Many people have preconceived notions about people with cleaning jobs without knowing anything about their lives. The Mirror recently interviewed Ada Rodriguez, a Cuban woman who has cleaned at Fairfield University for the past eight years.
Ada may shatter any preconceptions and stereotypes you have about staff workers at Fairfield.
The Mirror: Do you have any children?
Ada Rodriguez: Yes, 3 boys. I had my first child when I was very young, 17 [years old]. He’s 40 now and he’s a doctor in New Haven. My second boy is a clinical worker and my third boy is a police officer in Stanford.
I work very hard in this country. I never had a good education because I was always working, sometimes two jobs, and I was always watching the kids. I came to this country at 33 [years old] and got my first house five years after. Now I rent out four houses and I have one in Florida. I want to retire in three more years….
TM: What is your everyday routine like, starting from when you wake up?
AR: I wake up at 4 a.m. I start cleaning the little white house in front of the PepsiCo for about two hours. Then I come to Bellarmine and clean for about one and a half hours. Then I go to McCormick and clean for another two hours. I go home at 1:30pm.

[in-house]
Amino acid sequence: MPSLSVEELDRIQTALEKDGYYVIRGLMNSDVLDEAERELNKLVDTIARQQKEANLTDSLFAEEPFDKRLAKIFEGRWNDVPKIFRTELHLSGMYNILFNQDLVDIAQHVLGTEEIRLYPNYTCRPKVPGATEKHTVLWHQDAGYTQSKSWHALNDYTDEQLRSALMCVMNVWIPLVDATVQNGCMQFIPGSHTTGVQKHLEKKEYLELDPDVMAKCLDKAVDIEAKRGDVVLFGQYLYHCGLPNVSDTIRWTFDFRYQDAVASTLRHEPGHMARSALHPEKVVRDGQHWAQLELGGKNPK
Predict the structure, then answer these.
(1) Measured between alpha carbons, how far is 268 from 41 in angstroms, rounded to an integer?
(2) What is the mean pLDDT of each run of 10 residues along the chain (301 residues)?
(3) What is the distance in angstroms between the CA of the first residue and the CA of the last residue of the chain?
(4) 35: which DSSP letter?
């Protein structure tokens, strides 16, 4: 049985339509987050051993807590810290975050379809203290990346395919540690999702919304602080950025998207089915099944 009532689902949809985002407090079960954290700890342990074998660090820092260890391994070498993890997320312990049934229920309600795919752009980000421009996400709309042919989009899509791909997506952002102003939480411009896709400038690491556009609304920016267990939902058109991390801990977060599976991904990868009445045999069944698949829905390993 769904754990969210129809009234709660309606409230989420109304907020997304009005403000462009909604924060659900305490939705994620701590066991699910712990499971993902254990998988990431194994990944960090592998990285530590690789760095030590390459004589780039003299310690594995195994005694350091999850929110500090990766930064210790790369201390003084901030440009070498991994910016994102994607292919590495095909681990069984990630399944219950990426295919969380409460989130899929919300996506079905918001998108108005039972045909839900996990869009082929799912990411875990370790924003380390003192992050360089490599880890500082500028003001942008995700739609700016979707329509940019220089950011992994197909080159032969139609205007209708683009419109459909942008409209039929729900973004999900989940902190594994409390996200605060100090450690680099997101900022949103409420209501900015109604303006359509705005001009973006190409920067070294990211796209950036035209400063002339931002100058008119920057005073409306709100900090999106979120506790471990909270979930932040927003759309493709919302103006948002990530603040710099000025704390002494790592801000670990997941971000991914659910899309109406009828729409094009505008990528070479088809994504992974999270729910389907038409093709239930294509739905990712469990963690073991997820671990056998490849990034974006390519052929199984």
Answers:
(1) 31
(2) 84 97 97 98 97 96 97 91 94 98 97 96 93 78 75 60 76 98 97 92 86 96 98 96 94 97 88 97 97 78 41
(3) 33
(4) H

TM: When do you feel disrespected by students?
AR: Never. I like the students.
TM: Does this job ever affect the way you view students?
AR: No, no.
TM: Do you think people take you for granted?
TM: Have you ever refused to clean something up? If so, what was it?
AR: I clean everything, I do not refuse. Cleaning is a hard job because I like things very clean. That’s my job, you know?
TM: Overall, would you say that you enjoy your job?
AR: (laughs) I like it.
TM: You can be honest.
AR: I don’t like it because it’s very dirty. But like I said before, it’s my job.
TM: Do you think you should be paid more for what you do?
AR: For the economy now, the pay is okay. I get good insurance and good benefits.